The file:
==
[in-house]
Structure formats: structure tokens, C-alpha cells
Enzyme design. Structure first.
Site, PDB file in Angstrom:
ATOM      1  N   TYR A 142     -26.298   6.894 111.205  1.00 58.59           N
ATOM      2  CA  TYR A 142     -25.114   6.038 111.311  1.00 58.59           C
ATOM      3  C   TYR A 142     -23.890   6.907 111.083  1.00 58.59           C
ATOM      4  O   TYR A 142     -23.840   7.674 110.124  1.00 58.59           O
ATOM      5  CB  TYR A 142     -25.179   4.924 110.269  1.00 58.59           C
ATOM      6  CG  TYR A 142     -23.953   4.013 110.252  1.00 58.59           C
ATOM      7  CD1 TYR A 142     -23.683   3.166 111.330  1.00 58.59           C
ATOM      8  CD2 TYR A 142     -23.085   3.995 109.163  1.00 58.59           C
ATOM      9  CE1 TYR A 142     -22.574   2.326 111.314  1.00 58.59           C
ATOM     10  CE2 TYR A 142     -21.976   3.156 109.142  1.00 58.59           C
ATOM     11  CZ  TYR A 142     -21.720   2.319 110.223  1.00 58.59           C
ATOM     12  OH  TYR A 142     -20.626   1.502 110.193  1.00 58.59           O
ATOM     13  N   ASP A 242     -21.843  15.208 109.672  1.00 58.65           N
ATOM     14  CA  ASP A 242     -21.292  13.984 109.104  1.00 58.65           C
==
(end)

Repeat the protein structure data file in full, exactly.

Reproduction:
[in-house]
Structure formats: structure tokens, C-alpha cells
Enzyme design. Structure first.
Site, PDB file in Angstrom:
ATOM      1  N   TYR A 142     -26.298   6.894 111.205  1.00 58.59           N
ATOM      2  CA  TYR A 142     -25.114   6.038 111.311  1.00 58.59           C
ATOM      3  C   TYR A 142     -23.890   6.907 111.083  1.00 58.59           C
ATOM      4  O   TYR A 142     -23.840   7.674 110.124  1.00 58.59           O
ATOM      5  CB  TYR A 142     -25.179   4.924 110.269  1.00 58.59           C
ATOM      6  CG  TYR A 142     -23.953   4.013 110.252  1.00 58.59           C
ATOM      7  CD1 TYR A 142     -23.683   3.166 111.330  1.00 58.59           C
ATOM      8  CD2 TYR A 142     -23.085   3.995 109.163  1.00 58.59           C
ATOM      9  CE1 TYR A 142     -22.574   2.326 111.314  1.00 58.59           C
ATOM     10  CE2 TYR A 142     -21.976   3.156 109.142  1.00 58.59           C
ATOM     11  CZ  TYR A 142     -21.720   2.319 110.223  1.00 58.59           C
ATOM     12  OH  TYR A 142     -20.626   1.502 110.193  1.00 58.59           O
ATOM     13  N   ASP A 242     -21.843  15.208 109.672  1.00 58.65           N
ATOM     14  CA  ASP A 242     -21.292  13.984 109.104  1.00 58.65           C